Ms Mariam Wangadya

The Uganda Human Rights Commission (UHRC) Chairperson Mariam Wangadya has said that that the commission lacks the jurisdiction to punish the perpetuators of torture in Uganda and therefore there isn’t more it can do in the face of recent cases of Human Rights violations.

Wangadya said while appearing to Parliament’s Human Rights Committee to respond to concerns raised by citizens about the rampant cases of torture and missing persons all attributed to security forces. The latest case which was widely publicized involved of the novelist Kakwenza Rukirabashaija who claims he was tortured by the army in dungeons managed by the Special Forces Command (SFC) and under the instructions of Gen. Muhoozi.

“The commission has no powers to summon the First Son, also the Commander of Land Forces Gen. Kainerugaba Muhoozi over accusations that he masterminded the torture of novelist Kakwenza Rukirabashaija,” she said.

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“We don’t have jurisdiction in this case; other than looking for Kakwenza when he went missing for some days and visiting him in Kitalya Prison, we can’t summon anyone since he filed his case in the East African Court of Justice. The constitution is very clear, the commission can’t inquire into any matter that is in court,” said Wangadya.

The commission’s response was in relation to a question posed by Koga County MP Moses Okot Bitk who asked why the commission which has the mandate to investigate torture casers has not summoned Gen. Muhoozi.

Recently the media was awash with reports relating to gross human Rights violations involving Kakwenza Rukirabashija and one Samuel Masereka. In Kakwenza’s case, the name of Gen. Muhoozi, also the first son, was mentioned.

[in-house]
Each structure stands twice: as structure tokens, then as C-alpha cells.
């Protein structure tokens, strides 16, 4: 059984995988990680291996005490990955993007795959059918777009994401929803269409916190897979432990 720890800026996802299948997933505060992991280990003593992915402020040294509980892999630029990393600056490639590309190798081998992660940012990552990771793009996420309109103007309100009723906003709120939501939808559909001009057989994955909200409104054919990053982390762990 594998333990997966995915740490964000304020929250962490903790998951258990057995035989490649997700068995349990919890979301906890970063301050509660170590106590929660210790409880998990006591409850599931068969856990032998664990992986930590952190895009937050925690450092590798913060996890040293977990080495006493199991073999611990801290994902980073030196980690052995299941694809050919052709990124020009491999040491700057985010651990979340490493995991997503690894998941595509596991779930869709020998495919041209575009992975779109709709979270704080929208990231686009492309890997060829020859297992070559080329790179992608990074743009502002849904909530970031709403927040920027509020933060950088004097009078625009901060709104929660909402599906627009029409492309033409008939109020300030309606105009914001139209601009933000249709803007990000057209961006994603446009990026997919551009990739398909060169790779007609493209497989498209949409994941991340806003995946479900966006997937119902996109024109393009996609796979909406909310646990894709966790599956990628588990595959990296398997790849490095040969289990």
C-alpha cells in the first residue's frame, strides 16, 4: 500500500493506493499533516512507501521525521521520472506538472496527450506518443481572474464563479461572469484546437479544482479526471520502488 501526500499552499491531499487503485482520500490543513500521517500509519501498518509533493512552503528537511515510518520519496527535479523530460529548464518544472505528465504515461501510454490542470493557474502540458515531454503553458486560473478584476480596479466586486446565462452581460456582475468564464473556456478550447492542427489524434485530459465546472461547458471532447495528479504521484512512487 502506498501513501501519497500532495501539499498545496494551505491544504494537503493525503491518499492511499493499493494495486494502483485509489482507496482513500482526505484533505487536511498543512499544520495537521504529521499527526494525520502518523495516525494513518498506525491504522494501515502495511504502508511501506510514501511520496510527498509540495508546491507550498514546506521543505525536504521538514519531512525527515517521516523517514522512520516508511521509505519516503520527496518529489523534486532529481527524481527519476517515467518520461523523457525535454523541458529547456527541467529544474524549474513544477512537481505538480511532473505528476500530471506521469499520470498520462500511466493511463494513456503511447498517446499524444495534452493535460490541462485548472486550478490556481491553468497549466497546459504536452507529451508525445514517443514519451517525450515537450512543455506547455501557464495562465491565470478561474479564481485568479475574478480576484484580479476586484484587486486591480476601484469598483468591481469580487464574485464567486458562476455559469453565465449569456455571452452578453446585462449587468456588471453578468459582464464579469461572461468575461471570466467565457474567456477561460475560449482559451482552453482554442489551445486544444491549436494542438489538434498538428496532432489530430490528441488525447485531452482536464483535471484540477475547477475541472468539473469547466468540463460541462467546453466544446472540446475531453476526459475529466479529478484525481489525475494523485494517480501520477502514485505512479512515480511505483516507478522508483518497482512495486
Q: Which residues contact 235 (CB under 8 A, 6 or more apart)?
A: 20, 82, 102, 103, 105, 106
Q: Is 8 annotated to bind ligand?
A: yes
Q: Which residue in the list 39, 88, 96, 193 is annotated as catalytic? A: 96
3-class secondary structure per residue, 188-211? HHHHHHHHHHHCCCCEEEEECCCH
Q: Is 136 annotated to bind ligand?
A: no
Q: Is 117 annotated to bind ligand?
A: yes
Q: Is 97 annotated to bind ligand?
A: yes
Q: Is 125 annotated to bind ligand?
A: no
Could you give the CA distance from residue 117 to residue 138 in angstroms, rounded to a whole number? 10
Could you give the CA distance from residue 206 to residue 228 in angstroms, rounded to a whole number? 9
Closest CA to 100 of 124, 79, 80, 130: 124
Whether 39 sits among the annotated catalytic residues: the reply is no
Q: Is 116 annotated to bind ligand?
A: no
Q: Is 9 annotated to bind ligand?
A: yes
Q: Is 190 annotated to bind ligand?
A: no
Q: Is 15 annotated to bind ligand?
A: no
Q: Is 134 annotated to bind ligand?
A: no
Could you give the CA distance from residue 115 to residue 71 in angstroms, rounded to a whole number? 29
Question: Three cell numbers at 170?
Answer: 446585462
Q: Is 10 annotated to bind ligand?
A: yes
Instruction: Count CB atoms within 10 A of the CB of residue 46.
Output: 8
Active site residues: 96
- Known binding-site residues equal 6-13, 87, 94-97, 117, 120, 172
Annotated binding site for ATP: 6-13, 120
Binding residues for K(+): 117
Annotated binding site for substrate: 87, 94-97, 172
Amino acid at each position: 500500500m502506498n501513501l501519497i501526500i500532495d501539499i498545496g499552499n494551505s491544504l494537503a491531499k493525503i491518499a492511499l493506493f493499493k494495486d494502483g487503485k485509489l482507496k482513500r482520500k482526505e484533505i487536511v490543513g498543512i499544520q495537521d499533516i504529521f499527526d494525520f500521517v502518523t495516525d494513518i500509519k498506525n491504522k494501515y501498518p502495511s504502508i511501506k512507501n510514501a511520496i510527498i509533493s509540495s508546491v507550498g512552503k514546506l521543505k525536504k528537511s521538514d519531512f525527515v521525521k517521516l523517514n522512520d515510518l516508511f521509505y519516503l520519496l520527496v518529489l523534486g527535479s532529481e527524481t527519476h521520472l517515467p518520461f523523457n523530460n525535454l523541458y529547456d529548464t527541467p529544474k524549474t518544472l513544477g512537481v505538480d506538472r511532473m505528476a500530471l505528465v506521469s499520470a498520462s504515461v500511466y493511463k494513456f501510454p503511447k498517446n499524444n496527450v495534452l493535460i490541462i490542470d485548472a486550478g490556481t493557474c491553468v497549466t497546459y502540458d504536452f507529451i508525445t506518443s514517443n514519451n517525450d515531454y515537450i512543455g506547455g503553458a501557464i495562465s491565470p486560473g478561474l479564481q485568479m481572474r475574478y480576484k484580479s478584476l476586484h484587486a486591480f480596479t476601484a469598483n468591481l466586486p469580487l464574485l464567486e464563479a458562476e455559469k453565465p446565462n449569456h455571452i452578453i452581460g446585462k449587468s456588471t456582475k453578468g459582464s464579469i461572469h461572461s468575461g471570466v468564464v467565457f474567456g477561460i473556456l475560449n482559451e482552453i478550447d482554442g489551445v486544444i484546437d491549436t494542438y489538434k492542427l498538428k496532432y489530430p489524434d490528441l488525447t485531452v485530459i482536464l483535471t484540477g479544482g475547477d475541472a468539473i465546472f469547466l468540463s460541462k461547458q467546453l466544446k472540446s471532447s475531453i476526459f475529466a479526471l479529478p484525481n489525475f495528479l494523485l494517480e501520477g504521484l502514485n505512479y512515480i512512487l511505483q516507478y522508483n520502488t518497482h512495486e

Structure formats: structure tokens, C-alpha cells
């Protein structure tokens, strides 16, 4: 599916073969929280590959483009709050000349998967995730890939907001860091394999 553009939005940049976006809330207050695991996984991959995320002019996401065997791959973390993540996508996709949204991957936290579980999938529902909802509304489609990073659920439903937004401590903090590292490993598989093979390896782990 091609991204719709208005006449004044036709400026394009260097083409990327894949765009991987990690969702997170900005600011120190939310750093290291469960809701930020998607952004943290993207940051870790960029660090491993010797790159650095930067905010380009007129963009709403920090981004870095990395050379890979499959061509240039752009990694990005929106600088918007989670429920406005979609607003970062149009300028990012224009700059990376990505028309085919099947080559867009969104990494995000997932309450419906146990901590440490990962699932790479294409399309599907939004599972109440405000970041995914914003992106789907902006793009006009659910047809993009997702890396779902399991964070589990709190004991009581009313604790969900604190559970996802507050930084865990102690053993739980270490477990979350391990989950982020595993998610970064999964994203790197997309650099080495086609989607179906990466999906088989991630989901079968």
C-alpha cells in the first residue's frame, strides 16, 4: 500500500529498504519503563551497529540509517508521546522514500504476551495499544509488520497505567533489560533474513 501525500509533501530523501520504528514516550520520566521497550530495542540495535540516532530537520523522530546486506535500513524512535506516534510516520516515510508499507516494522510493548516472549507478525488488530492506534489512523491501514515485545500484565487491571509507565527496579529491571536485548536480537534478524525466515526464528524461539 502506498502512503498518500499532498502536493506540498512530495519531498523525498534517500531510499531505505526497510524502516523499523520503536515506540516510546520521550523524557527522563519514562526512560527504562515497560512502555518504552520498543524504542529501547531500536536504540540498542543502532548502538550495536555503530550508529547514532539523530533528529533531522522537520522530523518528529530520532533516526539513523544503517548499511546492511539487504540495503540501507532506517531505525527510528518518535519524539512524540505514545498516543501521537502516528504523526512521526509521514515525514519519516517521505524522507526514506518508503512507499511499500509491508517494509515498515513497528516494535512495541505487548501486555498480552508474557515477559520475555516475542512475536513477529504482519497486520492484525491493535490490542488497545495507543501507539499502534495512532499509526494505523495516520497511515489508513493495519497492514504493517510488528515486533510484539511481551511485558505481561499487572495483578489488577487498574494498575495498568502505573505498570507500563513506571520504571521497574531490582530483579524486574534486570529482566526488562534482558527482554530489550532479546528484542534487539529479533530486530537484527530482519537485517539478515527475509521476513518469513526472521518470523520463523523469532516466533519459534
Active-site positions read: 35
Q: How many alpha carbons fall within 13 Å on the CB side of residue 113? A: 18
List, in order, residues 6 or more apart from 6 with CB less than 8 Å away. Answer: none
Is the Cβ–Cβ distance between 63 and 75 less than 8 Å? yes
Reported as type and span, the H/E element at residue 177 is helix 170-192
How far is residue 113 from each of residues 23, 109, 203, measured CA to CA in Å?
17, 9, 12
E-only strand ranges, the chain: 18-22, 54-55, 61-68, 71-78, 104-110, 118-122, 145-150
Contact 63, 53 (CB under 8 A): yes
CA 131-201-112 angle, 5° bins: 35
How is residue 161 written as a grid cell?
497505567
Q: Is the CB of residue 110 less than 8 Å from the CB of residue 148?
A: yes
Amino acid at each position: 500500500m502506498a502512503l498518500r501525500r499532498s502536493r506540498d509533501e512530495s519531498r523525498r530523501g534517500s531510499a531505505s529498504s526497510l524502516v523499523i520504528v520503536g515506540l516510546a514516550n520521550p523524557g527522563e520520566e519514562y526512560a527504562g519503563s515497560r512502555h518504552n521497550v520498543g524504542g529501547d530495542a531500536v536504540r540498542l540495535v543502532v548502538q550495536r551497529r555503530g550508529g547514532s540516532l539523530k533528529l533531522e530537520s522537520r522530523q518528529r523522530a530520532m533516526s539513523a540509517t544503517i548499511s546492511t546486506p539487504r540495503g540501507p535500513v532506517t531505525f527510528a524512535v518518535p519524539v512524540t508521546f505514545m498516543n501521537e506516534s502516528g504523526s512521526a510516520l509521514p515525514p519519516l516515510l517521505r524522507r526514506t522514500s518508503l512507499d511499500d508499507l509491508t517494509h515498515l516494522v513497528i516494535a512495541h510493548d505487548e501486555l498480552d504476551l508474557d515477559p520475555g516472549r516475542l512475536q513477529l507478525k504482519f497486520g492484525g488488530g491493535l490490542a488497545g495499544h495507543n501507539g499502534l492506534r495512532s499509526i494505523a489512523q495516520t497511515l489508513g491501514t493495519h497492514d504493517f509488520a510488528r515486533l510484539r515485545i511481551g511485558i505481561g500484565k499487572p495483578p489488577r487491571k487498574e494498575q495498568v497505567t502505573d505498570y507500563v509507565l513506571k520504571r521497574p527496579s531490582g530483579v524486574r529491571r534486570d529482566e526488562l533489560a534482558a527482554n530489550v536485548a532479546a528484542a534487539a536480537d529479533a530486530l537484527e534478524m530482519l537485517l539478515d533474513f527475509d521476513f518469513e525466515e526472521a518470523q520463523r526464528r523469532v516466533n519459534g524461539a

“Have you ever summoned Gen. Muhoozi before the commission, do you have plans to summon him before the commission?” Okot questioned.

However, his question sent murmurs within the committee prompting one of the members to ask Okot the motive behind his question.

“Do you think that it is a very unfair question? Your question presupposes that they have any complaints against the person you just mentioned, the first son,” asked the member.

The Uganda Human Rights Commission (UHRC) was established under the 1995 Constitution of the Republic of Uganda to promote and protect human rights and freedom in the country in recognition of Uganda’s violent and turbulent history that had been characterized by arbitrary arrests, detention without trial, torture and brutal repression with impunity on the part of security organs during the pre and post-independence era.

Article 52(1) of the 1995 constitution spells out the functions of the commission as to investigate, at its own initiative or on a complaint made by any person or group of persons against the violation of any human right, to visit jails, prisons, and places of detention or related facilities with a view of assessing and inspecting conditions of the inmates and make recommendations.

According to Ms Wagandya, both Kakwenza and Masereka did not present any complaint to the commission on the alleged cases, the commission is constrained to do much to help the victim(s).